Unlike the flip-flopping Mitt Romney, Thomas is a true conservative who could appeal to all of the segments of the Republican coalition. Tea Partiers would see Thomas as one of their own. Not only has he been a consistent voice to curtail the power of the federal government but his wife Ginni, a Tea Party activist herself, has been a leader in the fight to repeal Obama’s healthcare reform law. Wall Street Republicans would be buoyed by Thomas’s opposition to environmental regulation and his free market philosophy. Blue-collar workers could embrace Thomas’s up-by-his-bootstraps story of rising from incredible poverty–until he was 7, his home had no indoor plumbing–and his votes to end affirmative action and preserve the Second Amendment. Evangelicals will like that he’s against abortion, gay rights, and limits on prayer in school.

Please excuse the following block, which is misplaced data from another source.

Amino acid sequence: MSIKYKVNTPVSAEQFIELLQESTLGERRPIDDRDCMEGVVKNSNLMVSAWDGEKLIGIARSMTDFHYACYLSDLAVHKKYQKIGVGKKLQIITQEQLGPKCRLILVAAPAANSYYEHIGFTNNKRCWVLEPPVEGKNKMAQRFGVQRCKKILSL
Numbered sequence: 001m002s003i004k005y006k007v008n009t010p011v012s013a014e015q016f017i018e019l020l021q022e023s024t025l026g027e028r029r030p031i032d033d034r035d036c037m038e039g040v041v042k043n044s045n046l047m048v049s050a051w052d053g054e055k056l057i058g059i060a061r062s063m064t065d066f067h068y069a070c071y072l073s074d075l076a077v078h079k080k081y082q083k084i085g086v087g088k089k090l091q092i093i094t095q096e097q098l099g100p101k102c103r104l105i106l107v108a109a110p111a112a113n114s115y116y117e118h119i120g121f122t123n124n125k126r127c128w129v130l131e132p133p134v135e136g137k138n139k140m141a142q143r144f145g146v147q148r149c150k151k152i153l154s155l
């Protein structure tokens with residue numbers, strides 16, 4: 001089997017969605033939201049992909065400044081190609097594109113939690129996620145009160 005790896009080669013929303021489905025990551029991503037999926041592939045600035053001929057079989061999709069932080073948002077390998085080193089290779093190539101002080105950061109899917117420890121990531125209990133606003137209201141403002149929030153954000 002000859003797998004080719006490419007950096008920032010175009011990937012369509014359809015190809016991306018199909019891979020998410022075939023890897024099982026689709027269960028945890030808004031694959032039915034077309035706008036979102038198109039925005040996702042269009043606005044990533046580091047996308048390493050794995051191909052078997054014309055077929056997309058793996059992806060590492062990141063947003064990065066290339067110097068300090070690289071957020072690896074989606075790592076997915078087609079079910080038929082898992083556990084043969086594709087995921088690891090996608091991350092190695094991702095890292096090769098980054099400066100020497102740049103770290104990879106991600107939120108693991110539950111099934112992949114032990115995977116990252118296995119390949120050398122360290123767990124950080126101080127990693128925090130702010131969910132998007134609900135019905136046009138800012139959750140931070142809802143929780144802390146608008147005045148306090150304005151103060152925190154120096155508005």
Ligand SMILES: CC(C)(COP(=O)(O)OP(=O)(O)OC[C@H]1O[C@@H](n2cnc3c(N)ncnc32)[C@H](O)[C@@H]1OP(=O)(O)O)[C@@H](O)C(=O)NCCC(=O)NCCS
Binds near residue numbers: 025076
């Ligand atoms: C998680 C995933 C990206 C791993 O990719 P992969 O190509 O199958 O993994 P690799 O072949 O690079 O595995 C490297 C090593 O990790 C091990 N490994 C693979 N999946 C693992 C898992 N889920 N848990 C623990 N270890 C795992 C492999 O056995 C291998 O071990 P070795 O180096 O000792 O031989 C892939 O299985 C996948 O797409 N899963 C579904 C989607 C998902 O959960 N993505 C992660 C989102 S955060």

Thomas is also very smart. When he first joined the Supreme Court, some people thought he would just mimic Justice Antonin Scalia, the intellectual leader of the Court’s conservative wing. Over the years, however, Thomas has become a powerful voice for his brand of constitutional conservatism and has proven himself a more devout believer in originalism than even Scalia. Today, it seems as if Scalia is more likely to follow Thomas.
Although known for his silence on the bench—he hasn’t asked a question during oral argument in several years—Thomas is outgoing and charming off the bench.